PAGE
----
Health: I had my baby, but I lost my GP: More women are choosing to give birth at home, but they risk being struck off by their doctors, writes Tessa Thomas

Click to follow
Indy Lifestyle Online
A week after giving birth to her second child, Michaela Davey received a letter from her GP. She, her husband, their daughter and newborn son had been struck off the practice list. The crime? To have had a baby at home.

'I was devastated. I had a baby less than two weeks old and a two- year-old daughter and no GP. I was left with no post-natal care,' she said.

Mrs Davey's desire to give birth to her second child at home followed a complicated hospital birth first time around and corrective surgery.

Initially, her GP agreed to a home birth, but the midwife was never happy with this decision. In the end, a low-tech birth in a GP unit was offered and Mrs Davey reluctantly agreed.

However, she was still keen to have a home delivery. Finally, nine days before her due date, 'my GP informed me that I had every right to go elsewhere to have my baby'. She made hasty new arrangements. Mrs Davey contacted Dr Michel Odent, the natural- birth guru, and arranged to travel from her home in West Kirby, Merseyside, to a friend's flat in St Albans, Hertfordshire, so that he could attend the delivery.

Mrs Davey's GP said she was unable to comment on this case but that her practice 'did not encourage home births'.

Michaela Davey's story is not unique, according to Beverly Beech of the Association for Improvements in the Maternity Services (Aims). 'We've dealt with many such cases over the years, but they do seem to becoming more common. In one case it was not just the immediate family but the grandparents as well who got struck off,' she said.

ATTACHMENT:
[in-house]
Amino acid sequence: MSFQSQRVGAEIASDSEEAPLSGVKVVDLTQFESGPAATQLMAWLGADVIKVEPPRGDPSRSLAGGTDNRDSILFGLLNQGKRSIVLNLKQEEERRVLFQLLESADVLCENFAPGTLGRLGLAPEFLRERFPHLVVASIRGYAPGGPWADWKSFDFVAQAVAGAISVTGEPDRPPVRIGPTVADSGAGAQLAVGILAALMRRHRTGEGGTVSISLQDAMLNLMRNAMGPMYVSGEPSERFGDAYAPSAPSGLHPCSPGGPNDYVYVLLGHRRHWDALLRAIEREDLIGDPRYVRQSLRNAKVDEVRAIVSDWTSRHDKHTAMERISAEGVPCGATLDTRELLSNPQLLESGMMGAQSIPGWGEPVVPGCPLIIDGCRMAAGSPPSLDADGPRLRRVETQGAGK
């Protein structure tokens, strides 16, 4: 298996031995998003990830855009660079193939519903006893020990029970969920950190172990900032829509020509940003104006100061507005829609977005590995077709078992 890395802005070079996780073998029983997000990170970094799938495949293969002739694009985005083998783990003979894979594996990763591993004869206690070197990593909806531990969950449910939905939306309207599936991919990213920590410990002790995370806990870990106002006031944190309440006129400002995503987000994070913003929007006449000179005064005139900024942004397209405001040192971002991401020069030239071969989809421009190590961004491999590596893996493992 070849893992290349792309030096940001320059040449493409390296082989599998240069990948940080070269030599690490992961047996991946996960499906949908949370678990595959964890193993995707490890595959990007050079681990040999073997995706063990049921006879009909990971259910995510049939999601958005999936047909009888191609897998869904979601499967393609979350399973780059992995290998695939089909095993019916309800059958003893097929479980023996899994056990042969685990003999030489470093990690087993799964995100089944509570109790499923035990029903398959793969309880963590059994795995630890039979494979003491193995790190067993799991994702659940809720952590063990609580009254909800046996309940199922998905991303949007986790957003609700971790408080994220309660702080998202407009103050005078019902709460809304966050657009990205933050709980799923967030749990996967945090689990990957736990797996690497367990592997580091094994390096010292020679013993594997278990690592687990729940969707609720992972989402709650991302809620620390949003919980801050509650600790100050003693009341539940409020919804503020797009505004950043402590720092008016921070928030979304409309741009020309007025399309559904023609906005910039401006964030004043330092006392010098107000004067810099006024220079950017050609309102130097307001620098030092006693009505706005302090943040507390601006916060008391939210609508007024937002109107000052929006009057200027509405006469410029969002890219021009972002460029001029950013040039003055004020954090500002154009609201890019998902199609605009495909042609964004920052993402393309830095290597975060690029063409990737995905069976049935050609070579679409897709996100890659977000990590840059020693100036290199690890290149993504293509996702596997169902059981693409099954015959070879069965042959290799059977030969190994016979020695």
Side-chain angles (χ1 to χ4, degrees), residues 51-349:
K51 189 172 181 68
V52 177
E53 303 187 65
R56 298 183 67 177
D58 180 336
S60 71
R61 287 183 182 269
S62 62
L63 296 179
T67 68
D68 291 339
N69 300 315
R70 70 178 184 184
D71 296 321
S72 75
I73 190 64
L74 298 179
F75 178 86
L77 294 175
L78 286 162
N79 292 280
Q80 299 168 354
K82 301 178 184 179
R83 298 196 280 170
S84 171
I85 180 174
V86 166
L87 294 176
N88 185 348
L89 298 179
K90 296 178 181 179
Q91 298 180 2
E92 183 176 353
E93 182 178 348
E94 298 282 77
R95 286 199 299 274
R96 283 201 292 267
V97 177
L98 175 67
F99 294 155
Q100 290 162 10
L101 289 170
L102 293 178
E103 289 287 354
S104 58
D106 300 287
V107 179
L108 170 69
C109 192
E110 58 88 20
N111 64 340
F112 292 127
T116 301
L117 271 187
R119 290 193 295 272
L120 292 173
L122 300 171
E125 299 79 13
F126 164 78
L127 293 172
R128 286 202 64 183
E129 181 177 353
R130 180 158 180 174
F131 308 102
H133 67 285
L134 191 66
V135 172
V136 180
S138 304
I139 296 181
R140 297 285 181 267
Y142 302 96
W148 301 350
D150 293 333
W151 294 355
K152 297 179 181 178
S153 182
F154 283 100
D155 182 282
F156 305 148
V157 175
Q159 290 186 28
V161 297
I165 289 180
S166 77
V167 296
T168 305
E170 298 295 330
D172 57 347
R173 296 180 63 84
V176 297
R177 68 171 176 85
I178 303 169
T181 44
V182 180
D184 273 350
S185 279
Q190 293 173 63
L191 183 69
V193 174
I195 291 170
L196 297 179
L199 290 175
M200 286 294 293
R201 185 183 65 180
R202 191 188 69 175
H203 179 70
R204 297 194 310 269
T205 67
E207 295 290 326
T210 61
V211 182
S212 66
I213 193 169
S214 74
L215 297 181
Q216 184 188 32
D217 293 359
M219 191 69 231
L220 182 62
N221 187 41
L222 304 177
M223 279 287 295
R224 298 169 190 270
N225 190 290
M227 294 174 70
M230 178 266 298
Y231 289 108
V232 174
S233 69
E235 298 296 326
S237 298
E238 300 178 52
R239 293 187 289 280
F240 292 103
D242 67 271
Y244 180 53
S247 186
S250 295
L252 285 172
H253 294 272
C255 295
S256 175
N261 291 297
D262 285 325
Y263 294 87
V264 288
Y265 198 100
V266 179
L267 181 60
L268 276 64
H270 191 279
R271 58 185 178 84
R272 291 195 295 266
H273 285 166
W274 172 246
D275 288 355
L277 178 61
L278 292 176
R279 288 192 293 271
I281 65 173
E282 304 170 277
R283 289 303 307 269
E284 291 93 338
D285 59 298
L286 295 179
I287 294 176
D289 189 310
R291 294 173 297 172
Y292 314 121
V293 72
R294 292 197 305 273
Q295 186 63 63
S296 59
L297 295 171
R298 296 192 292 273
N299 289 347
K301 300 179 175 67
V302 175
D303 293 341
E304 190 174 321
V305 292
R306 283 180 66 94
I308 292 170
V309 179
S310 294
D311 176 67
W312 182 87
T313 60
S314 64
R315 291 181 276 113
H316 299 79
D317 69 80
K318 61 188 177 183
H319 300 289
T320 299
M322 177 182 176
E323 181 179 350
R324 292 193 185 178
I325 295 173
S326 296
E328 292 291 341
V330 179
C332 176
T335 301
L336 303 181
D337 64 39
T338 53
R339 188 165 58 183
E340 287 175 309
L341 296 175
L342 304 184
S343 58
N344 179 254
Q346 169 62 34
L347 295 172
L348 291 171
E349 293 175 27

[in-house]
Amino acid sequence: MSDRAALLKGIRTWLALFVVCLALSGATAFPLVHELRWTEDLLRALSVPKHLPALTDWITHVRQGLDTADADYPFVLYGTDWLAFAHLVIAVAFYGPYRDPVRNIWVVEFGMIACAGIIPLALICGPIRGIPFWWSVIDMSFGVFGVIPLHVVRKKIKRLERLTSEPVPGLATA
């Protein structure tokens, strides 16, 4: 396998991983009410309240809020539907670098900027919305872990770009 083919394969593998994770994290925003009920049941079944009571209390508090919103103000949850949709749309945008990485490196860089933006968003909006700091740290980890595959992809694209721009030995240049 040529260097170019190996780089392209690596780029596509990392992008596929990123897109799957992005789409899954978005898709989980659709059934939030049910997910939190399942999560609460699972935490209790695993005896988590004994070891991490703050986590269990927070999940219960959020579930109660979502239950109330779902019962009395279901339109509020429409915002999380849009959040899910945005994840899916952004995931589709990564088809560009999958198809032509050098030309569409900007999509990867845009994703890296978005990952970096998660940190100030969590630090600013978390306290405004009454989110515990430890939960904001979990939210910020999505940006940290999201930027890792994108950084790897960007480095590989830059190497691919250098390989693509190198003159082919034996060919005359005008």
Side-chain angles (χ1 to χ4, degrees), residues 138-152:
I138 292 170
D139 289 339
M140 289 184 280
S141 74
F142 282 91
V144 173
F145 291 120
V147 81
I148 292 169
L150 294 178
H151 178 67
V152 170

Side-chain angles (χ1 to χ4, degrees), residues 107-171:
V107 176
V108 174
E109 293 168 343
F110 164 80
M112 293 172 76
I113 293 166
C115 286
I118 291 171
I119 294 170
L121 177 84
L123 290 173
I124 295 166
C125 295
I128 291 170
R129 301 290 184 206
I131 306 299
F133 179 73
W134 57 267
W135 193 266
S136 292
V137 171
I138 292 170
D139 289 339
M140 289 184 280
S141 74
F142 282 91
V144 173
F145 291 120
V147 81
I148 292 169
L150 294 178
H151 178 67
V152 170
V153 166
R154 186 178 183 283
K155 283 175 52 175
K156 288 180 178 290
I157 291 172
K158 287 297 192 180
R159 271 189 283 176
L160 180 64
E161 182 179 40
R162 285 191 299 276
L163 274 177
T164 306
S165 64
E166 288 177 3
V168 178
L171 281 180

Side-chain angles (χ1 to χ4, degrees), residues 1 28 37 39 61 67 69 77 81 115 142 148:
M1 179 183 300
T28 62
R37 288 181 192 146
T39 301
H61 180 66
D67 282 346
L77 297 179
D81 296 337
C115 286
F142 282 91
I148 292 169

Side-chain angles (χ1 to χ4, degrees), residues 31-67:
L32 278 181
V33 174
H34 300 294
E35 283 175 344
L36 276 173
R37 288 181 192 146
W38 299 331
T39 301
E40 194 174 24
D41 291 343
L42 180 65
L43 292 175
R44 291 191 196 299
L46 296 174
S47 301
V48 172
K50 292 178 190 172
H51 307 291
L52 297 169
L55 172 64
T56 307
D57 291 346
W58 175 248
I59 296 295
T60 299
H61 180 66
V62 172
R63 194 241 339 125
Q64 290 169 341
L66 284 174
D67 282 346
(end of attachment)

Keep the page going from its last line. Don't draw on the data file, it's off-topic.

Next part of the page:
Antonia, 38, became pregnant soon after she met her partner, Alastair, and they decided on a home birth. 'We didn't enter into it lightly. We went through everything with a fine-tooth comb and knew exactly what to do at every stage, depending on what course my labour took,' said Antonia. 'If there was any danger, we were ready to go straight to hospital.'

There was not and they did not. Antonia gave birth safely at home - but was struck off her GP's list six weeks later. Her doctor has since retired, but Dr Ahmed Moneeb, a former colleague who now runs a neighbouring practice, said it was standard procedure to advise against a home birth for women such as Antonia.

'It is not usual to take a woman off the list. I generally advise against a home birth, especially if the woman is over 35 or it is her first baby,' he said.

'There's a lot of talk about women's choice, but you have to recall that when home births were common mortality was high. And when a woman has waited so long, that baby is especially precious. Freedom of choice is fine, but the case shouldn't be argued on emotional grounds. Safety is still an issue.'